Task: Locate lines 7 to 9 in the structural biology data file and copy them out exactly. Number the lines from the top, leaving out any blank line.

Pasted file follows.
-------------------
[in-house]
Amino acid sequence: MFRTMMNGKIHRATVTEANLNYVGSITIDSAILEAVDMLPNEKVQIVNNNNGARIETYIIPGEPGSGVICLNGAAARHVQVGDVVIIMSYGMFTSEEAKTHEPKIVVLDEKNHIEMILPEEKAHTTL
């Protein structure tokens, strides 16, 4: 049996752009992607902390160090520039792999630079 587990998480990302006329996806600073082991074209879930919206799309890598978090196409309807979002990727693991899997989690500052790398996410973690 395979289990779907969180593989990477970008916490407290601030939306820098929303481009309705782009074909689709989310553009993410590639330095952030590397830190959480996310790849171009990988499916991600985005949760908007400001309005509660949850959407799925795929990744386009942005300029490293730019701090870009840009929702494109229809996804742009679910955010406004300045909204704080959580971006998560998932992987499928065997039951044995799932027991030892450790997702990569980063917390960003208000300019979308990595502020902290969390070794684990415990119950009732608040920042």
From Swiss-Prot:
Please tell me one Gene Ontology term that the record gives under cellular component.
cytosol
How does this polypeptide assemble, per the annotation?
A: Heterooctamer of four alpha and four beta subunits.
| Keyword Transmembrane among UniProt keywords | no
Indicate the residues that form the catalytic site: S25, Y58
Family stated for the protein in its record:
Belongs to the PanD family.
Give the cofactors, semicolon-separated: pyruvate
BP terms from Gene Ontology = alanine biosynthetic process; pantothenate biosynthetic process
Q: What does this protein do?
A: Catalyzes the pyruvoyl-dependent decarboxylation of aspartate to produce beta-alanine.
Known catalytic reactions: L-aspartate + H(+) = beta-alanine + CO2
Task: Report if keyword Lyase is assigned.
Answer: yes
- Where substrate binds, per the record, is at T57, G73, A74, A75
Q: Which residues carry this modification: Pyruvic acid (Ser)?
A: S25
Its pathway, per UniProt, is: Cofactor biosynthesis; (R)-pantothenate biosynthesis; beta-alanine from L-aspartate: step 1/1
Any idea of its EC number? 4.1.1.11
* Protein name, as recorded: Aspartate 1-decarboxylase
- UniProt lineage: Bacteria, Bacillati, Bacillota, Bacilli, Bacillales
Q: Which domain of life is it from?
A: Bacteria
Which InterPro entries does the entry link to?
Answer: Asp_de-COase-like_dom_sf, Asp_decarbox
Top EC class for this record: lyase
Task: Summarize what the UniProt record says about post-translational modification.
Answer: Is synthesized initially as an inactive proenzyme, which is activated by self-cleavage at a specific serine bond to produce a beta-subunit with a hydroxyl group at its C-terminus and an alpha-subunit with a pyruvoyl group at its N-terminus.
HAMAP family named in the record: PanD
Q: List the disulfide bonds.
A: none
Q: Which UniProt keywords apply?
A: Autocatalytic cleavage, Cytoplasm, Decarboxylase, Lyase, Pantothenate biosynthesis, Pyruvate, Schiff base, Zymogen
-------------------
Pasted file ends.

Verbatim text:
How does this polypeptide assemble, per the annotation?
A: Heterooctamer of four alpha and four beta subunits.
| Keyword Transmembrane among UniProt keywords | no